Include details like:
- Full name
- Contact number
- Email address
- Job title
- Stakeholder category
A stakeholder category could be anything from employee to client or subcontractor. Like in construction projects, the foundation of your plan is imperative.
Step 2: List The Communication Items
Next, you’ll need to list the various communication items your plan intends to cover. A communication item is any piece of information that you may need to transfer during the construction project.
Some core examples include:
- Regular reports on the progress of the project
- Status of the budget
- The project timeline (including any delays or efficiencies)
- Accomplishments and project milestones
- Project changes or adjustments
- COVID-19 protocol updates
Try to cover unexpected items so you can prepare for any scenario. You can use the ALICE preconstruction product to simulate “what if” situations, quantifying their impact on your project. ALICE is the world’s first AI-powered construction simulation and optimization platform, allowing you to troubleshoot potential concerns and their relevant communication items.
Step 3: Decide On Communication Methods
From there, you’ll need to define the various communication methods you intend to utilize in your construction communication plan.
The most common examples include:
- In-person meetings
- On-site discussions
- Instant messaging
Try to account for all the communication methods available to you but avoid incorporating channels just for the sake of it. Ultimately, you want to streamline communications to selected techniques that work best for your business.
Step 4: Develop Your Construction Communication Plan
Now that you've got the basics in place, it's time to tackle a comprehensive construction communication plan by assigning communication methods to the various communication items you've identified in Step 2. You'll then need to add in the key stakeholder for each method.
Build on this by listing the frequency and suggested definition for the communication type, so anyone who reads the communication plan is immediately up to speed. An example for an "all-hands meeting" could be "a one-hour meeting with all employees to discuss project status and get updates from the division heads." Definitions may be time-consuming, but they eliminate any margin for misinterpretation.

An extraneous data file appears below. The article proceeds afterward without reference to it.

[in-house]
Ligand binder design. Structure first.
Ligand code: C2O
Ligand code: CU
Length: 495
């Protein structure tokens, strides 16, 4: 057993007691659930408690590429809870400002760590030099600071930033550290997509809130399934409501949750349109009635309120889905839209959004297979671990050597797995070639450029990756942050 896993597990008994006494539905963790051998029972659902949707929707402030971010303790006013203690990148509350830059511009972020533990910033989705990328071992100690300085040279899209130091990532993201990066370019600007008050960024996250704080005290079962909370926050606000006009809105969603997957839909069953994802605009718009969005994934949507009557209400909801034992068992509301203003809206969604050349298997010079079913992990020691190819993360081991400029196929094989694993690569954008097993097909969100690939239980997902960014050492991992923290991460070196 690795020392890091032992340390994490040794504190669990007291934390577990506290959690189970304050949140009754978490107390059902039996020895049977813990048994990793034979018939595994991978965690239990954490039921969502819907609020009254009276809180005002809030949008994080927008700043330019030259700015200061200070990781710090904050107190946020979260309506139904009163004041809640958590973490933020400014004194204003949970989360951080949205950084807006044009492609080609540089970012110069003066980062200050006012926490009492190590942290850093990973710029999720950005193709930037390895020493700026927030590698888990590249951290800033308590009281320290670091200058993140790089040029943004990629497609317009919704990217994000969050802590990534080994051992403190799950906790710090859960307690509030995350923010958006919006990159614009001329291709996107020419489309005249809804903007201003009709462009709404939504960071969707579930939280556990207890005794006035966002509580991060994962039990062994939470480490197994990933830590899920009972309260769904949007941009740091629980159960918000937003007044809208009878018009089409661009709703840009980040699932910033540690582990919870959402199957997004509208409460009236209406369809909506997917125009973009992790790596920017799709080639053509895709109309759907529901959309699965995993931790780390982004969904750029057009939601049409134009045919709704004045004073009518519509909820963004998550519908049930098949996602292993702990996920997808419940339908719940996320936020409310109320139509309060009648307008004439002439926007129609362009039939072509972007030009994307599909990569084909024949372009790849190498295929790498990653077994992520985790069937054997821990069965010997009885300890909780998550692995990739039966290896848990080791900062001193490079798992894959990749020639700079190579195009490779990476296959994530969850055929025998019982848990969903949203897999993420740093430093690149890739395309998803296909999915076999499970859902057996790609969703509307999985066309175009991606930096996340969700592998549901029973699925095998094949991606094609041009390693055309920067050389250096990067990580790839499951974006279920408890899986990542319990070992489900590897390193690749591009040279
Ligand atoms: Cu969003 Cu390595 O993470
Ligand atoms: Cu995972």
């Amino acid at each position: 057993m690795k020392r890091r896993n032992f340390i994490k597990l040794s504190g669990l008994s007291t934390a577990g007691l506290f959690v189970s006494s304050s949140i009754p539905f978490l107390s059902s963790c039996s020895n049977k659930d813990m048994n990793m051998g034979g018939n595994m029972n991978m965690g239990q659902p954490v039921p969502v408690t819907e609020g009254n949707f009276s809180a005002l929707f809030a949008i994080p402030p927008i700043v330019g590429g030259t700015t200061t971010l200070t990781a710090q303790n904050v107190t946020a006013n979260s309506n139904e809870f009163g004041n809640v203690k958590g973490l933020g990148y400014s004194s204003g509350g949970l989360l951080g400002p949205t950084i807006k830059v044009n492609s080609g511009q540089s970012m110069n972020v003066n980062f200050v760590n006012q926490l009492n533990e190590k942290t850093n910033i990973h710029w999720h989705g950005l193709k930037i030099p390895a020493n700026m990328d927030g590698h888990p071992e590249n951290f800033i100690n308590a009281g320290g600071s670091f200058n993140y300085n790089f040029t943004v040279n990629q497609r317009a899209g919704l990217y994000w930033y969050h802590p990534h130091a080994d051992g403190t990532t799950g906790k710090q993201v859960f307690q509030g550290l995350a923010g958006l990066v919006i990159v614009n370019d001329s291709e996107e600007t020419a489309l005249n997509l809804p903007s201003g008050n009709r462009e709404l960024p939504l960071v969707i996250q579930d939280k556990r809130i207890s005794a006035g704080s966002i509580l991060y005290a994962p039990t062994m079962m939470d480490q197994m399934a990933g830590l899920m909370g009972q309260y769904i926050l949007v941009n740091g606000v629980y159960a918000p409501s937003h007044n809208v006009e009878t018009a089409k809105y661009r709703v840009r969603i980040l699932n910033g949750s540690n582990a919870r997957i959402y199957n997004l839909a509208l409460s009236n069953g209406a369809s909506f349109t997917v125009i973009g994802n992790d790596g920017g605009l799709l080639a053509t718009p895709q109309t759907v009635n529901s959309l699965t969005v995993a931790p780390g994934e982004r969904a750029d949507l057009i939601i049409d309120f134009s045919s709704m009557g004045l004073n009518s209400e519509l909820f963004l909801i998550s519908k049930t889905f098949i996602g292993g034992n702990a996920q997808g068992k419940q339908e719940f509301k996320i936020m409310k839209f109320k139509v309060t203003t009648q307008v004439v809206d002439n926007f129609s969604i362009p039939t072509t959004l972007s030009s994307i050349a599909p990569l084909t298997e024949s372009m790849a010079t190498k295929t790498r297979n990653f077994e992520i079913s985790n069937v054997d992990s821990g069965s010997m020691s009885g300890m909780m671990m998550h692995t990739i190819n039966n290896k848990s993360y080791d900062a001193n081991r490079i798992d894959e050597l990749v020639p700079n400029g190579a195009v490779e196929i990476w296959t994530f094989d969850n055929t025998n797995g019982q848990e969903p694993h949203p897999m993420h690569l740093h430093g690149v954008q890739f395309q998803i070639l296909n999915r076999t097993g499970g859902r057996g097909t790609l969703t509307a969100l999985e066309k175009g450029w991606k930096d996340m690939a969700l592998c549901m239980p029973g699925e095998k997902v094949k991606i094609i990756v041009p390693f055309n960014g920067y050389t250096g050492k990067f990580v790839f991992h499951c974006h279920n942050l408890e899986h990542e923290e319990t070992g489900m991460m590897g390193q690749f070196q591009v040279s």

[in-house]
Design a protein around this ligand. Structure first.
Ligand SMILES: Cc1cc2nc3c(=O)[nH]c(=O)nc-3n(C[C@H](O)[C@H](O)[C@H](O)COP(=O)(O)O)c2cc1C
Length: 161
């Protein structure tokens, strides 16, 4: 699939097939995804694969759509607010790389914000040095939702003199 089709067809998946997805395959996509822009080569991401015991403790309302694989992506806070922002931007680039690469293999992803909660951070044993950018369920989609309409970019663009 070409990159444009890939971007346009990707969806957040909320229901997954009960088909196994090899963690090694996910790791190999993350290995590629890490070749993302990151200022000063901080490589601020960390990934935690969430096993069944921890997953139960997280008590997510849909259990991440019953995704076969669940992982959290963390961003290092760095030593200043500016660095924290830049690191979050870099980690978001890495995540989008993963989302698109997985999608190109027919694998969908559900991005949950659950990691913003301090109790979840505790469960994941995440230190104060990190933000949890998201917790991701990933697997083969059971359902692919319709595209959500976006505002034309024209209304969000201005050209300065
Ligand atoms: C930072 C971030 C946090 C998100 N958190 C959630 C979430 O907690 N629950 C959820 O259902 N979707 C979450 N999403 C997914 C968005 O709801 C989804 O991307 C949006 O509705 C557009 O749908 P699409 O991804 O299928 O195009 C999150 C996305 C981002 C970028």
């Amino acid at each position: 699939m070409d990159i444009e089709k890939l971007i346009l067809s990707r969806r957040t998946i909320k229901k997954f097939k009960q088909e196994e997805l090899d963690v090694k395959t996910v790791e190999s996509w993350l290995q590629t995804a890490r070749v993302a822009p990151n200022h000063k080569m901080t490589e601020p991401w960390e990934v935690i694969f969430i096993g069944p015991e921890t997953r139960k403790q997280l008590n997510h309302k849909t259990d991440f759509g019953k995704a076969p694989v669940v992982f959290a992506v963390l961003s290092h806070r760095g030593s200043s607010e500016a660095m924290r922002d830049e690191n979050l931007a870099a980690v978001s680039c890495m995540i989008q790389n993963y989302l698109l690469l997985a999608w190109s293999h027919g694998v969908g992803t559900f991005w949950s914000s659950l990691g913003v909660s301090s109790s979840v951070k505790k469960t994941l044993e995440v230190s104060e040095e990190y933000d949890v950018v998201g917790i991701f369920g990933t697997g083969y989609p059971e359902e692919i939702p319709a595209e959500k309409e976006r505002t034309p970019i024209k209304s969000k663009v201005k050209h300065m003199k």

Step 5: Find A Software Solution That Streamlines Your Construction Communication Plan
While laying out your communication plan is essential, the final step is loading it onto a centralized software solution that all parties have access to. For example, Procore’s Project Management platform contains all the necessary tools for construction professionals to keep all communications in one place. Other widely used solutions like Autodesk’s Construction Cloud and eSub connect workflows, teams, and data at every stage of the construction project to reduce risks and maximize efficiency.
When looking for software solutions, look out for these features:
- Direct messaging
- Sharing customized reports
- Access to a timeline
- Cloud-based for easy access
A reliable construction communication plan affects your construction schedule and your construction timeline, driving your overarching project delivery. It can reduce unnecessary delays, improve employee morale, and protect your reputation with clients. It may seem like a simple step in the project plan, but you’ll soon see the impact it has on your project execution.
Use ALICE To Schedule
The ALICE Technology solutions use AI to automatically create construction schedules that reduce risk while cutting costs and building time. Use ALICE to develop the ideal program during the bidding or preconstruction phase, incorporating your construction communication plan into the process.